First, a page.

The YouTube Symphony Orchestra, an international online symphony organised by the world’s foremost user-generated video site, performed at New York’s legendary Carnegie Hall Wednesday to thunderous applause. It was the culmination of a multifaceted project amounting to what YouTube executive Patrick Walker called "the world’s first online symphony." It also may be the most creative use of Web 2.0 in history.
The Orchestra consists of 96 musicians from 33 countries chosen from over 3,000 musicians worldwide who submitted video auditions in January via YouTube. The final selections were made based on votes from ordinary YouTube users.
The musicians only had three days to get to know each other and rehearse before performing together at Carnegie Hall.
At the concert, the Orchestra played pieces by a diverse group of composers, including Mozart, Tchaikovsky, and John Cage, though the crowning achievement was “Internet Symphony Number One: Eroica,” composed by China’s Tan Dun specifically for the project.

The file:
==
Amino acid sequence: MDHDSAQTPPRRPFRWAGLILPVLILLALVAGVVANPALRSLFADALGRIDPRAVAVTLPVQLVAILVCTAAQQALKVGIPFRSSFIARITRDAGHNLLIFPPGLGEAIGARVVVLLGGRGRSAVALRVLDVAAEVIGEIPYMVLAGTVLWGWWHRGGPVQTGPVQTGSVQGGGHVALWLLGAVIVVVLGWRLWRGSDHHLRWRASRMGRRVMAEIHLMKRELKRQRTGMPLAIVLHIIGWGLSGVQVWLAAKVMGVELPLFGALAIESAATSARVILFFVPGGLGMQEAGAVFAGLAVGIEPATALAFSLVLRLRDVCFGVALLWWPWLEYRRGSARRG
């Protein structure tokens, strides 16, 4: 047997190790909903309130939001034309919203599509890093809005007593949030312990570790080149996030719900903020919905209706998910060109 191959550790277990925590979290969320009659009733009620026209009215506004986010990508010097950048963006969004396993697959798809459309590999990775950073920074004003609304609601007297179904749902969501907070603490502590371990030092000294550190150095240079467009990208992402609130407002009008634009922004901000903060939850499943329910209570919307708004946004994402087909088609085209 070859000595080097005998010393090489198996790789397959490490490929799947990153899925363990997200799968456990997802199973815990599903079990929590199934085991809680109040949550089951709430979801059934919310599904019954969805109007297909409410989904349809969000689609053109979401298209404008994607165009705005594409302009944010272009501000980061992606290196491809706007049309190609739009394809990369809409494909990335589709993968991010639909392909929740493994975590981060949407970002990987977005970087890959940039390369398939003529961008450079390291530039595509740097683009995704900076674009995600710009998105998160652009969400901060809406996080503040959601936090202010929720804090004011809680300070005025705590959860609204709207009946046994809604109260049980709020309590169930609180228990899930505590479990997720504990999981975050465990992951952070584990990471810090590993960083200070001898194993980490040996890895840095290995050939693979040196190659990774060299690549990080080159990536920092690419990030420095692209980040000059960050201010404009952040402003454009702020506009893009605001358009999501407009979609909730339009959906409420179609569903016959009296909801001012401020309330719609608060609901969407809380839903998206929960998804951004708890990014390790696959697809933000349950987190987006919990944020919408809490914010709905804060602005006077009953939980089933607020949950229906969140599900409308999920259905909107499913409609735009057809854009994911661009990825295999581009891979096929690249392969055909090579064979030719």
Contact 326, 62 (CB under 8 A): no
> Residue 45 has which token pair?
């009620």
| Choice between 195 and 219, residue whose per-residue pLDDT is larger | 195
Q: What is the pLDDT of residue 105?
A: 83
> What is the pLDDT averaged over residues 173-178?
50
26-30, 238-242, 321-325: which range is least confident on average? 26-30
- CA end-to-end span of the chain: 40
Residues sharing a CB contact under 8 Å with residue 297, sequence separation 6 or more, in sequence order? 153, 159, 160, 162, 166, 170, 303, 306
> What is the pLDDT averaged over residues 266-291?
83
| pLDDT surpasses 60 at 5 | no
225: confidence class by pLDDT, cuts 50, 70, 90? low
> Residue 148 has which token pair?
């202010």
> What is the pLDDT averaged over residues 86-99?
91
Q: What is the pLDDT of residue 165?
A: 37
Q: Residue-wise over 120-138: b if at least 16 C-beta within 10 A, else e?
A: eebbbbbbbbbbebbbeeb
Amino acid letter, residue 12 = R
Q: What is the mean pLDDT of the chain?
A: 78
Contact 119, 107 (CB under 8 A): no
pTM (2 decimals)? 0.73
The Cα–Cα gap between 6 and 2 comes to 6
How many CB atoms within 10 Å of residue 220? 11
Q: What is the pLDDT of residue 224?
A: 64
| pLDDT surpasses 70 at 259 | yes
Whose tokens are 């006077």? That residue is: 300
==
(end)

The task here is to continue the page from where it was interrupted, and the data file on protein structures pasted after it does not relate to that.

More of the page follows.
Preceding the live Carnegie Hall performance, the winners were asked to submit videos of themselves playing just their part in “Internet Symphony Number One: Eroica."
YouTube then compiled a “mash-up” – a video fusion of individual musicians playing their part, edited seamlessly to sound as though they were performing in the same concert hall.
Walker, in a video he posted on YouTube, said it was important that internet users feel they could participate “no matter what instrument you play.” Instruments featured in the mash-up included a musical saw, a man banging on metal bowls of different sizes, and a man playing a traditional horn while wearing a Star Wars Stormtrooper mask.
“Eroica" is also the name of Beethoven’s Third Symphony, and composer Dun's composition bears slight elements of its namesake, particularly in the horn arpeggios. Dun said in a YouTube video that his symphony was meant to be “a bridge [from] the old masters to today,” and his piece reflects a chronological and cultural progression.
The ghost of Prokofiev dominates the beginning string and percussive sections, followed by Stravinskyesque dissonance, and then Chinese-inspired music (for which the scale consists of only five notes).
In a YouTube video, Michael Tilson Thomas, the Orchestra’s director, said: “I hope this will be the first of many get-togethers.”